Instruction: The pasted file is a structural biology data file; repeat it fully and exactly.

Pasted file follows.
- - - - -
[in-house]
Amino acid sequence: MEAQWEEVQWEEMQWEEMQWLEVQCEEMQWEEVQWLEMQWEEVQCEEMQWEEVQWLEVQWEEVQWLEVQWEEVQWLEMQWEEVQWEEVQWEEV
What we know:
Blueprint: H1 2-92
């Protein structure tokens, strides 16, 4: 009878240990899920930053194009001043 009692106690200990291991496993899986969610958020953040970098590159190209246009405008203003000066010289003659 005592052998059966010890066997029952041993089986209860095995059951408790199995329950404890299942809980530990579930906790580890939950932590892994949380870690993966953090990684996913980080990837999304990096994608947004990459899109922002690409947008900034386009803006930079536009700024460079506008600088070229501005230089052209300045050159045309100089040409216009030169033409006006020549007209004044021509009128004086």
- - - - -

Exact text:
[in-house]
Amino acid sequence: MEAQWEEVQWEEMQWEEMQWLEVQCEEMQWEEVQWLEMQWEEVQCEEMQWEEVQWLEVQWEEVQWLEVQWEEVQWLEMQWEEVQWEEVQWEEV
What we know:
Blueprint: H1 2-92
């Protein structure tokens, strides 16, 4: 009878240990899920930053194009001043 009692106690200990291991496993899986969610958020953040970098590159190209246009405008203003000066010289003659 005592052998059966010890066997029952041993089986209860095995059951408790199995329950404890299942809980530990579930906790580890939950932590892994949380870690993966953090990684996913980080990837999304990096994608947004990459899109922002690409947008900034386009803006930079536009700024460079506008600088070229501005230089052209300045050159045309100089040409216009030169033409006006020549007209004044021509009128004086």